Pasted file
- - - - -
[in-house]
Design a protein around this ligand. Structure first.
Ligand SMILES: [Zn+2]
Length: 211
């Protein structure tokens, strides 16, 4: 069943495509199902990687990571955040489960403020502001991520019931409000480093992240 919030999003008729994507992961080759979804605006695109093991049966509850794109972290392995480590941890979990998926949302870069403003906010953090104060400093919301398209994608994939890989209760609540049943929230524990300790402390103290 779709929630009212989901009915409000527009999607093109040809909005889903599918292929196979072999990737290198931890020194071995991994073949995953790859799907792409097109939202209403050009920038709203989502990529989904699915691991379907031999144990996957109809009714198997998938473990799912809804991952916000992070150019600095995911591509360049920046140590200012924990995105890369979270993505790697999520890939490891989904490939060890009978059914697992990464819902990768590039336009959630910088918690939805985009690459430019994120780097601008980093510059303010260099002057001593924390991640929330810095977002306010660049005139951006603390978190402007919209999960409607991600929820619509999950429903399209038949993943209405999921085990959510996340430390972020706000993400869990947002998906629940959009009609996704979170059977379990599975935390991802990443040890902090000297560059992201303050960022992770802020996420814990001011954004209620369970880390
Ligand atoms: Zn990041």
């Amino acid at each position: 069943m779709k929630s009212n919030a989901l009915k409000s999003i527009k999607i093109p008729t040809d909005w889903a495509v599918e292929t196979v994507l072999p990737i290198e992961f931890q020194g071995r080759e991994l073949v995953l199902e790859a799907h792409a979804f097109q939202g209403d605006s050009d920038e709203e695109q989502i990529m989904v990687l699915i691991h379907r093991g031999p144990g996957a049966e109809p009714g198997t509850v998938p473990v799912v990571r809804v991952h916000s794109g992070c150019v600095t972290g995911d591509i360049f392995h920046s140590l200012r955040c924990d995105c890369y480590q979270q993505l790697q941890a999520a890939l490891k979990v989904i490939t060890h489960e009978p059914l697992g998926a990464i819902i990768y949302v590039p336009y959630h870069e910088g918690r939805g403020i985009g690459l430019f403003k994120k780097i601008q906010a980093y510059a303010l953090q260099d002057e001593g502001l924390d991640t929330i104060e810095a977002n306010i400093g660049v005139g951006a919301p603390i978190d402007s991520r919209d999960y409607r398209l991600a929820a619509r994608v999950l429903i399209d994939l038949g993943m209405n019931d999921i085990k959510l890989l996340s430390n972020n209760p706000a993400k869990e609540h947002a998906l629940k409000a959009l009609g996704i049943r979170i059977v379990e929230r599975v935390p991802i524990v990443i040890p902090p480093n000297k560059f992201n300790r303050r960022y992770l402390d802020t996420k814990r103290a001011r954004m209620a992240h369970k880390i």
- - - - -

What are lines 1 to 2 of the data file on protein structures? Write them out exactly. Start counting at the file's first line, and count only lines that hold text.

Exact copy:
[in-house]
Design a protein around this ligand. Structure first.